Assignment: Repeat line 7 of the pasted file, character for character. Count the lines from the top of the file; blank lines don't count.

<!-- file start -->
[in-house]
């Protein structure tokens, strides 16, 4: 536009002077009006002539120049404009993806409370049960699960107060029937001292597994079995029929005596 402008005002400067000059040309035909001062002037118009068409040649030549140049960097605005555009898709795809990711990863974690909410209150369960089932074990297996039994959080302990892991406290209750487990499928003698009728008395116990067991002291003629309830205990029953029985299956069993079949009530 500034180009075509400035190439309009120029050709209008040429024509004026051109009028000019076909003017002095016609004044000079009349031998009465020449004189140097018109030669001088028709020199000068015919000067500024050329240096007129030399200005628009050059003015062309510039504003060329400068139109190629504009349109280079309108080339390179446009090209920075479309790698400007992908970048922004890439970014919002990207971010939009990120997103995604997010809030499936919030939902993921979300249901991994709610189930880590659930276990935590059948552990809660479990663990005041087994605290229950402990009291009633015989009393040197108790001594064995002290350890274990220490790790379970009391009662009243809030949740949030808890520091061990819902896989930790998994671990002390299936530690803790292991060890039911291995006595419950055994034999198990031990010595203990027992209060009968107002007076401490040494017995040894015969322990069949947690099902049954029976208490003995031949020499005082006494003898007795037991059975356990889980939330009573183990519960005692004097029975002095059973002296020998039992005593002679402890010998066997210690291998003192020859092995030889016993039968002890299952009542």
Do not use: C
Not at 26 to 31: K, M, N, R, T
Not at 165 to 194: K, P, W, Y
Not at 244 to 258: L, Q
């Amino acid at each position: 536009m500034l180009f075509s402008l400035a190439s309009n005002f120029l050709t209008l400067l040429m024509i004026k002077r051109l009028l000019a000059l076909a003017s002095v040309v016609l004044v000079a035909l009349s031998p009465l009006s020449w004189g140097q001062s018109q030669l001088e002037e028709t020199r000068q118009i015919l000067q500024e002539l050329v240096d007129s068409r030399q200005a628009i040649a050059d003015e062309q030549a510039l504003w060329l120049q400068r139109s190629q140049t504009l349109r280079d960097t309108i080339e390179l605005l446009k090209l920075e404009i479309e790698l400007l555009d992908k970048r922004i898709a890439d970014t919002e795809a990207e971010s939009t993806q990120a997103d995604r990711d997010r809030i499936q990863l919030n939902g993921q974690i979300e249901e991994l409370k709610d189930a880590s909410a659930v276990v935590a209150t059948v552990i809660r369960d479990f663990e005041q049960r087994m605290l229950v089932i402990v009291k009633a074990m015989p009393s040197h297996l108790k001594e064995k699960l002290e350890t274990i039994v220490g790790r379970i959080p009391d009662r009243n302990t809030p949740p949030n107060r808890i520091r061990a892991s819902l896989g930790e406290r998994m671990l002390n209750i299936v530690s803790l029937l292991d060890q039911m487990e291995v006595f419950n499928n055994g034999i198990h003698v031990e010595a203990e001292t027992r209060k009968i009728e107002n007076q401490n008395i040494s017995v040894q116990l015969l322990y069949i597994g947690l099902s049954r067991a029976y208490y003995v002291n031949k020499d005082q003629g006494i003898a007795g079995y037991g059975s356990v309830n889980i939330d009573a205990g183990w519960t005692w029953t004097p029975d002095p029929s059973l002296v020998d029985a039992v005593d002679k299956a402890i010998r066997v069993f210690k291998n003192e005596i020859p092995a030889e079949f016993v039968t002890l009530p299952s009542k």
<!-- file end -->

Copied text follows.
């Amino acid at each position: 536009m500034l180009f075509s402008l400035a190439s309009n005002f120029l050709t209008l400067l040429m024509i004026k002077r051109l009028l000019a000059l076909a003017s002095v040309v016609l004044v000079a035909l009349s031998p009465l009006s020449w004189g140097q001062s018109q030669l001088e002037e028709t020199r000068q118009i015919l000067q500024e002539l050329v240096d007129s068409r030399q200005a628009i040649a050059d003015e062309q030549a510039l504003w060329l120049q400068r139109s190629q140049t504009l349109r280079d960097t309108i080339e390179l605005l446009k090209l920075e404009i479309e790698l400007l555009d992908k970048r922004i898709a890439d970014t919002e795809a990207e971010s939009t993806q990120a997103d995604r990711d997010r809030i499936q990863l919030n939902g993921q974690i979300e249901e991994l409370k709610d189930a880590s909410a659930v276990v935590a209150t059948v552990i809660r369960d479990f663990e005041q049960r087994m605290l229950v089932i402990v009291k009633a074990m015989p009393s040197h297996l108790k001594e064995k699960l002290e350890t274990i039994v220490g790790r379970i959080p009391d009662r009243n302990t809030p949740p949030n107060r808890i520091r061990a892991s819902l896989g930790e406290r998994m671990l002390n209750i299936v530690s803790l029937l292991d060890q039911m487990e291995v006595f419950n499928n055994g034999i198990h003698v031990e010595a203990e001292t027992r209060k009968i009728e107002n007076q401490n008395i040494s017995v040894q116990l015969l322990y069949i597994g947690l099902s049954r067991a029976y208490y003995v002291n031949k020499d005082q003629g006494i003898a007795g079995y037991g059975s356990v309830n889980i939330d009573a205990g183990w519960t005692w029953t004097p029975d002095p029929s059973l002296v020998d029985a039992v005593d002679k299956a402890i010998r066997v069993f210690k291998n003192e005596i020859p092995a030889e079949f016993v039968t002890l009530p299952s009542k």